Symptoms, Diagnosis, & Treatment

Symptoms

  • Most people infected with chikungunya virus will develop some symptoms.
  • Symptoms usually begin 3–7 days after an infected mosquito bites you.
  • The most common symptoms are fever and joint pain.
  • Other symptoms may include headache, muscle pain, joint swelling, or rash.
  • Death from chikungunya is rare.
  • Most patients feel better within a week. However, joint pain can be severe and disabling and may persist for months.
  • People at risk for more severe disease include newborns infected around the time of birth, older adults (≥65 years), and people with medical conditions such as high blood pressure, diabetes, or heart disease.
  • Once a person has been infected, he or she is likely to be protected from future infections.

Diagnosis

  • See your healthcare provider if you have visited an area where chikungunya is found and have symptoms described above. Tell your healthcare provider when and where you traveled.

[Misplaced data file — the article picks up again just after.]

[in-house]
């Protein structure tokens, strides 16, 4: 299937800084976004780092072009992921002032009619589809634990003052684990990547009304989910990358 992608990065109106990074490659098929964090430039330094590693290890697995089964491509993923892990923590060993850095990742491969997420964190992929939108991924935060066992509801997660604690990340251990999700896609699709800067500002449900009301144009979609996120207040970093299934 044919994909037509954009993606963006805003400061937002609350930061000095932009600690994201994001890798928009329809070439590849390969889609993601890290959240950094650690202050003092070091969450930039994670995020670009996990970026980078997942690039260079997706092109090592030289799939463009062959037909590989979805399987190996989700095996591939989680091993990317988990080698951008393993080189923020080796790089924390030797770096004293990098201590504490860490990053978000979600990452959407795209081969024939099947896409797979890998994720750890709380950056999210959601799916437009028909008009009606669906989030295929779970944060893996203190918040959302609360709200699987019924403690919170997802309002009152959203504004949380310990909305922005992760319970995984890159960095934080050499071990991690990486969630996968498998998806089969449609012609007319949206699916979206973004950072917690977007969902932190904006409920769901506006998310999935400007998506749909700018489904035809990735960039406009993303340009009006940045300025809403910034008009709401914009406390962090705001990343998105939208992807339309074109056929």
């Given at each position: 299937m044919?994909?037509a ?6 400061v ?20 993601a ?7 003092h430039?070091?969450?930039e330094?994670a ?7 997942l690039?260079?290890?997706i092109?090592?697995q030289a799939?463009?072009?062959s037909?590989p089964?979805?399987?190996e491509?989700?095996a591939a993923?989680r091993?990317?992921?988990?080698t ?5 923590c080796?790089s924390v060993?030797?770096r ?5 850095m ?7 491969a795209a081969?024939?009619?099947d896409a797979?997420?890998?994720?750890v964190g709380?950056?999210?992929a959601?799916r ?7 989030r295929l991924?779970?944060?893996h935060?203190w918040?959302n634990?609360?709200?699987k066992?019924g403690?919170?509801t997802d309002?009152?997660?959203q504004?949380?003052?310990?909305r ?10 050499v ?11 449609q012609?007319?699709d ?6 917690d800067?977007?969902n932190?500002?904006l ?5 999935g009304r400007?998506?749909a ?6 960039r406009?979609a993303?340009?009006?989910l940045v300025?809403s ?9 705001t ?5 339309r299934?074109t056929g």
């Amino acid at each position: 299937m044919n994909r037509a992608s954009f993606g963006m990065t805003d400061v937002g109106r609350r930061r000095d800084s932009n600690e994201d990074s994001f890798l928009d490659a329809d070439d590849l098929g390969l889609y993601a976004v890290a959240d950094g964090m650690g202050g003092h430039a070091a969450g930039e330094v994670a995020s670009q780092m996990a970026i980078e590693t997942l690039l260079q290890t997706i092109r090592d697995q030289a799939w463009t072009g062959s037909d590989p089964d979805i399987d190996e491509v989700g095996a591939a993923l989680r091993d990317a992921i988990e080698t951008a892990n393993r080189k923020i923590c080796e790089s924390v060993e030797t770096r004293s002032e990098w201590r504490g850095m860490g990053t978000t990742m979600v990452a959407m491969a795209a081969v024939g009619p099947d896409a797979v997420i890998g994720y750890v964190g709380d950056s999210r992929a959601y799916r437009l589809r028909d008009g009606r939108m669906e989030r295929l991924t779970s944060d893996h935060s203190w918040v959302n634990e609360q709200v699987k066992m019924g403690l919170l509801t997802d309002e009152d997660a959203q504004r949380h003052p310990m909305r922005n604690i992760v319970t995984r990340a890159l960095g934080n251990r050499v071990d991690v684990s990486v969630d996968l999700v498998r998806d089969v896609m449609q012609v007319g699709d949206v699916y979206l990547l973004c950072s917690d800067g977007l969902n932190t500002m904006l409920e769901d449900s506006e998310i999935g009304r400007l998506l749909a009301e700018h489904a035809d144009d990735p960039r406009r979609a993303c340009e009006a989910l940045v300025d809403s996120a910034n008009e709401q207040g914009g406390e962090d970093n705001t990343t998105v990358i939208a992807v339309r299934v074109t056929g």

• Your healthcare provider might order blood tests to look for chikungunya or other similar viruses like dengue and Zika.
  • To learn more about testing, visit our Healthcare Providers page.

Treatment

  • There is currently no vaccine to prevent or medicine to treat chikungunya.
  • Treat the symptoms:
    • Get plenty of rest.
    • Drink fluids to prevent dehydration.
    • Take medicine such as acetaminophen (Tylenol®) or paracetamol to reduce fever and pain.
    • Do not take aspirin and other non-steroidal anti-inflammatory drugs (NSAIDS) until dengue can be ruled out to reduce the risk of bleeding.
    • If you are taking medicine for another medical condition, talk to your healthcare provider before taking additional medication.
  • If you have chikungunya, prevent mosquito bites for the first week of your illness.
    • During the first week of illness, chikungunya virus can be found in the blood. The virus can be passed from an infected person to a mosquito through mosquito bites.
    • An infected mosquito can then spread the virus to other people.
  • To learn more about treatment, visit our Healthcare Providers page.